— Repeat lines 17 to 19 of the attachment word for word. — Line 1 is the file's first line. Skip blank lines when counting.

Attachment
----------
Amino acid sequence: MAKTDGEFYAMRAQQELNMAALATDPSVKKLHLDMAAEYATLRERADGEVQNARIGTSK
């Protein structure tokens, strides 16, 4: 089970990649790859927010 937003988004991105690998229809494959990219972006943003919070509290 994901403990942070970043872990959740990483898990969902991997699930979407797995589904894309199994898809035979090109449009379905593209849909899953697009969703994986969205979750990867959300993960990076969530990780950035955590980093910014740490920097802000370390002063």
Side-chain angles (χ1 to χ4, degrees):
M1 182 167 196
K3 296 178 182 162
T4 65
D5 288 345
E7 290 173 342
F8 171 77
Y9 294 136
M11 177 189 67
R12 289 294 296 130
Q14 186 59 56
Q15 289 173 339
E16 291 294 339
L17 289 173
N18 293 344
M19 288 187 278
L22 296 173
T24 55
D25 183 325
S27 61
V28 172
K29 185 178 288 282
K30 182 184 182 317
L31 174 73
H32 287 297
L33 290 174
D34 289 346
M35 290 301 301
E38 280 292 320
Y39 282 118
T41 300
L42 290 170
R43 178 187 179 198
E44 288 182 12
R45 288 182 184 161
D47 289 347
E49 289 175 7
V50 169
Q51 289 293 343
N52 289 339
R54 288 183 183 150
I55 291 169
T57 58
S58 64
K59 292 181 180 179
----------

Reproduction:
N18 293 344
M19 288 187 278
L22 296 173